2023-01-29 “Your Sins Are Forgiven”

Cornerstone EPC                                                                                    Sunday morning
Franklin, NC 28734                                                                                 January 29, 2023

Your Sins Are Forgiven”
Mark 2:1-12

Today we meet Jesus early in His public ministry. He is teaching, to be sure, but He also performs various wonders to verify and to validate His teaching. We meet another man as well—a man needing healing. He gets that healing, and he gets something else as well—something even more fundamental to his well-being. Let’s examine these, and learn what God intends for us to learn, as we hear the Word of God read and proclaimed once again in this place.


Our narrative today opens at Capernaum—a town located on the northern shore of the Sea of Galilee.1 Mark, led by the Holy Spirit, notes that Jesus was at home—possibly Peter’s home.2 Jesus, however, was not alone in the house. Many gathered together there until there was no more room there, not even at the door, and the crowd spilled out from the house into the surrounding area. Jesus preached the word to the assembled throng—a throng presently increased by five souls.

Four men come into the crowd. They carry a fifth man, a paralyzed man, on a cot. The men would draw near to Jesus in order that Jesus may touch their friend, thus healing him. They have heard of, and perhaps they have seen, Jesus’ works which Mark records in the first chapter of his Gospel. It appears that they believe their friend will be healed if they can get him sufficiently close to Jesus. They cannot draw near, however, because of the crowd. Yet they simply must bring their friend near to Jesus. What happens next must remain—and shall remain—forever in the annals of heroic ingenuity, effort, and faith.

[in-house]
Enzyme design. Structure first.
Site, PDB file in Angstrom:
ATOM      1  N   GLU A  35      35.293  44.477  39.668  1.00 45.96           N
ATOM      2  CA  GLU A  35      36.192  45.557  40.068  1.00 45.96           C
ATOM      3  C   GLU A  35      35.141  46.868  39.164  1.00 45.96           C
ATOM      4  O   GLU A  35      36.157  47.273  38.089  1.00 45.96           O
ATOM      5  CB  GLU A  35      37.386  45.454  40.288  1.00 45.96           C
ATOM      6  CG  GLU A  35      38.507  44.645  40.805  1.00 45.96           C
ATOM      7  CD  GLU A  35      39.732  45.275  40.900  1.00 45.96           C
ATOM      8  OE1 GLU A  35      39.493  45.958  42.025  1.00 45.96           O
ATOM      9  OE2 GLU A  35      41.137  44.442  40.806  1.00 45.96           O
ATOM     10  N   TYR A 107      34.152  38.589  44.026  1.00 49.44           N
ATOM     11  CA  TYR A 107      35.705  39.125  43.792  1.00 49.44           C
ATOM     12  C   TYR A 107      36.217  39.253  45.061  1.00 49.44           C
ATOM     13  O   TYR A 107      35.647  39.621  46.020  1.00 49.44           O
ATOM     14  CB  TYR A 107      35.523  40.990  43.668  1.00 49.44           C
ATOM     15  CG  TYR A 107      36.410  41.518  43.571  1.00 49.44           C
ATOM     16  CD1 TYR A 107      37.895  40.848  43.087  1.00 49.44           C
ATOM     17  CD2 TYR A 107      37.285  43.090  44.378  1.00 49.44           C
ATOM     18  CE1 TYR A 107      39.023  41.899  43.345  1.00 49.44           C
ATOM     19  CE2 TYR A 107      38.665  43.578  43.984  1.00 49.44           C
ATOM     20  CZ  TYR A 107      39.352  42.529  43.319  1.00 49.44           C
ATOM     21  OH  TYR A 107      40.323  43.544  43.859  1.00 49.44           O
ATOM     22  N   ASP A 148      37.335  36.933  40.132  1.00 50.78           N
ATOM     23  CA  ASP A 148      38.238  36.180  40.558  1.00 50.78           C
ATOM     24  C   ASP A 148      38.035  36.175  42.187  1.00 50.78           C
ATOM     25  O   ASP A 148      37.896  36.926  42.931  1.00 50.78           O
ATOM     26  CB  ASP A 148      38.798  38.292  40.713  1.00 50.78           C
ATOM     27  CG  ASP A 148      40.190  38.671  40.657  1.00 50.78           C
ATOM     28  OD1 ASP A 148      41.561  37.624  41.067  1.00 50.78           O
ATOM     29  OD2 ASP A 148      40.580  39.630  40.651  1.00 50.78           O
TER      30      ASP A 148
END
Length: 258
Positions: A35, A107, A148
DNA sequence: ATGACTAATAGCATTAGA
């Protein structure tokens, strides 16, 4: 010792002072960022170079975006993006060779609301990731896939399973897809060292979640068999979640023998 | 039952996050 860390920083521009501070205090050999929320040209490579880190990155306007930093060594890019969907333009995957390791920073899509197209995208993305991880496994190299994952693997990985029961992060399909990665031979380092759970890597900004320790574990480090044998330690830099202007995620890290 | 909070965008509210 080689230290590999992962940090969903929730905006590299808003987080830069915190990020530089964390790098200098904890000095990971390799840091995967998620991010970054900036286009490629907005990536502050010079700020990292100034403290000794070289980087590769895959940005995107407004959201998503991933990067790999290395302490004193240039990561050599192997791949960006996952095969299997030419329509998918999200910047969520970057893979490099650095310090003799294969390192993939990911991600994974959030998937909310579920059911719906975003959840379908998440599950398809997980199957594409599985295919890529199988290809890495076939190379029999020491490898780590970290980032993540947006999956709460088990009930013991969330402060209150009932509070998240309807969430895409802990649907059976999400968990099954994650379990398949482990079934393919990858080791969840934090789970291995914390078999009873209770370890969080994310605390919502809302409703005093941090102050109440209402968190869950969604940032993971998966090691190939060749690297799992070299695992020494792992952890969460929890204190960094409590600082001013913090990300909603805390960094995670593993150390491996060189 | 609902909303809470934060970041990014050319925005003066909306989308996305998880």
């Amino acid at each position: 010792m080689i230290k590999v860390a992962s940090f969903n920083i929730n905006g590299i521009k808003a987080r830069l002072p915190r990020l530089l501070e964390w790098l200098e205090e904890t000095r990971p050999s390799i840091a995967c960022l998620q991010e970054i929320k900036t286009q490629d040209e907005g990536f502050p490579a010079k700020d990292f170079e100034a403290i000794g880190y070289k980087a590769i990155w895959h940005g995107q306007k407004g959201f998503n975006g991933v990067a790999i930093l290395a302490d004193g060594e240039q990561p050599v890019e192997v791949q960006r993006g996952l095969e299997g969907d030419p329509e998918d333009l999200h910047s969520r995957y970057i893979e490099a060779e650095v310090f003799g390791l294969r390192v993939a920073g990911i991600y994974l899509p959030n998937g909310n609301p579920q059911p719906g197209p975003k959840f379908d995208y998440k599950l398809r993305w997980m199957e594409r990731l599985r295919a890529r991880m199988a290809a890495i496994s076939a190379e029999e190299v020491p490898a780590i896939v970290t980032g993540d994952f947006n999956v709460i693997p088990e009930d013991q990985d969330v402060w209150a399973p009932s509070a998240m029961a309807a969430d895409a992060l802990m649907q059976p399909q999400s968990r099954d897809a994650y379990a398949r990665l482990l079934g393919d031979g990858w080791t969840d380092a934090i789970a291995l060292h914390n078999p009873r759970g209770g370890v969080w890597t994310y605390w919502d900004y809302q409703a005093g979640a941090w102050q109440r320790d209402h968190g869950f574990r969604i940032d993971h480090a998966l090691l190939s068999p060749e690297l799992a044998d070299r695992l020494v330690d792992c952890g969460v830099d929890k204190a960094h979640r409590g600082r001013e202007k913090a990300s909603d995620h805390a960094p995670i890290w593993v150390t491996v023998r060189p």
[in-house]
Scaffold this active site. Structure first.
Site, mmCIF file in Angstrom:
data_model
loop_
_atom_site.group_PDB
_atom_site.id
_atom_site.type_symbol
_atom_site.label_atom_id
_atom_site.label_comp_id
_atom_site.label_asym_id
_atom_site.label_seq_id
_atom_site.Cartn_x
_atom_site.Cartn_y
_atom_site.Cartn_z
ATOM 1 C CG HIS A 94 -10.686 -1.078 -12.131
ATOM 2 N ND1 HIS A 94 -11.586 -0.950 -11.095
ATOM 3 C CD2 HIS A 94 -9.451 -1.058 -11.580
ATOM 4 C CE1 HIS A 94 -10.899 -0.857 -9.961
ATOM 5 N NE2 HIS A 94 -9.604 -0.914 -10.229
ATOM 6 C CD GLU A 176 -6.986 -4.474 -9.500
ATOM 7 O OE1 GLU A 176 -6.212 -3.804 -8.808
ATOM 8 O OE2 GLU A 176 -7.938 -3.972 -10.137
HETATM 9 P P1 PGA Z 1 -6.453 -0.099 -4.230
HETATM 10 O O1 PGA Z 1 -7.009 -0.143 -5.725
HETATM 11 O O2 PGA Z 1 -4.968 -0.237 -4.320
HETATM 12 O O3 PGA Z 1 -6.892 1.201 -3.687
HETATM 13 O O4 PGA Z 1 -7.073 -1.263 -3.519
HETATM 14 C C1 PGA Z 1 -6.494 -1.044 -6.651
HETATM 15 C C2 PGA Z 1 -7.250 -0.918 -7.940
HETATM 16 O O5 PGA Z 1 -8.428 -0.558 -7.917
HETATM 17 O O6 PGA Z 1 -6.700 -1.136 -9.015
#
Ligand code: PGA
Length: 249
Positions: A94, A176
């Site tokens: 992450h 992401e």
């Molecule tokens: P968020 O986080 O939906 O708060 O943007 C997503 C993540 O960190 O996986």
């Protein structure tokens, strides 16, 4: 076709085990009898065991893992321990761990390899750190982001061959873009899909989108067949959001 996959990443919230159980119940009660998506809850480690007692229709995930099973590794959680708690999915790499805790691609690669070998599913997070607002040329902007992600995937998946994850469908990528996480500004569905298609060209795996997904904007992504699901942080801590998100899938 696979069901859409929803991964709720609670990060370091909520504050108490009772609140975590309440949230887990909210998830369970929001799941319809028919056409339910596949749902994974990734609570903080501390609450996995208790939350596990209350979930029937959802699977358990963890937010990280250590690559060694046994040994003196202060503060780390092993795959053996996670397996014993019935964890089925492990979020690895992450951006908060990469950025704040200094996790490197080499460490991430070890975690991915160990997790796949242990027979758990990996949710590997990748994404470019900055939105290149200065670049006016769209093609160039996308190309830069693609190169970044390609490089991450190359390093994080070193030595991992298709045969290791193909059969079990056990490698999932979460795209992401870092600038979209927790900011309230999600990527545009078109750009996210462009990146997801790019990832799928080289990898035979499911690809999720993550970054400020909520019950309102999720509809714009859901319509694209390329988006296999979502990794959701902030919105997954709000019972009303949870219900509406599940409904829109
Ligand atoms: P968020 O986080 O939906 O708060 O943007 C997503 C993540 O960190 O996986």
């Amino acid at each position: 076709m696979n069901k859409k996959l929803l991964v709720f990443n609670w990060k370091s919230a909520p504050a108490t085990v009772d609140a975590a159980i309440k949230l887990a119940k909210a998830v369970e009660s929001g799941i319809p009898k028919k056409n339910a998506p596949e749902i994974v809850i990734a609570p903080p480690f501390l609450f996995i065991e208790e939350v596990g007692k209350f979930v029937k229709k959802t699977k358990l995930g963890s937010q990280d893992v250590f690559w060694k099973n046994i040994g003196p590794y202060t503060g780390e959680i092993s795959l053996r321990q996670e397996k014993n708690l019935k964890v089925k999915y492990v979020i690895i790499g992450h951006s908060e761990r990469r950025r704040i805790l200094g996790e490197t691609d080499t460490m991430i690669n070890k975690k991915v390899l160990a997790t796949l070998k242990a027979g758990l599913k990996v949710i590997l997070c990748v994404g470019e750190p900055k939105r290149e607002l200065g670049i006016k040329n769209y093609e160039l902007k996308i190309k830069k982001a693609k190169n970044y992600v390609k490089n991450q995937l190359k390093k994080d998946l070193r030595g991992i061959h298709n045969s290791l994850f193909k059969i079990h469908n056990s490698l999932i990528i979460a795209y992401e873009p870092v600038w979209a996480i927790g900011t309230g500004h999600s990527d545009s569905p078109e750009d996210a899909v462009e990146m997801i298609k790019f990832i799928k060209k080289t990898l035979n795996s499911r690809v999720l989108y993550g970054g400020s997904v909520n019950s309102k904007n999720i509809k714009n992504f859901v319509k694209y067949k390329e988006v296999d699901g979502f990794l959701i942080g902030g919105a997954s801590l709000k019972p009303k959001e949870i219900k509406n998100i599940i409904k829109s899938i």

These four men somehow get themselves, and their paralyzed friend, to the roof—whether by stairs, or by advanced climbing and lifting techniques, or by some other method. Then they remove a sufficient portion of the likely-earthen roof (thatch, sod, or similar) to create a path to Jesus. Then these four men, by some method, lower the paralyzed man to where Jesus is. Behold this dramatic act, and marvel at the faith-driven resolve to effect it.

Jesus sees both the prodigious effort of the four men, and He sees the commendable faith underlying that effort. He then honors that faith, and effort, in curious fashion. He does not pronounce the man healed—at least, not yet. Jesus, rather, issues a dramatic pronouncement: He says, “Son, your sins are forgiven.” Notice that Jesus deals not immediately with the paralytic’s apparent need—to wit, healing from said paralysis. He deals immediately, rather, with his fundamental need—namely, forgiveness of sin.

This dramatic act, and dramatic pronouncement, engenders a series of dialogues. First, note how the scribes question within themselves. They wonder why He speaks thus, for only God can forgive sin. They that deduce that He blasphemes—for apparently He, apparently a mere man, usurps a prerogative belonging to God alone. They deduce wrongly, though, for Jesus is no mere man. He is God incarnate—fully God and fully man—and, thus, perfectly authorized and capable to do just as He claims.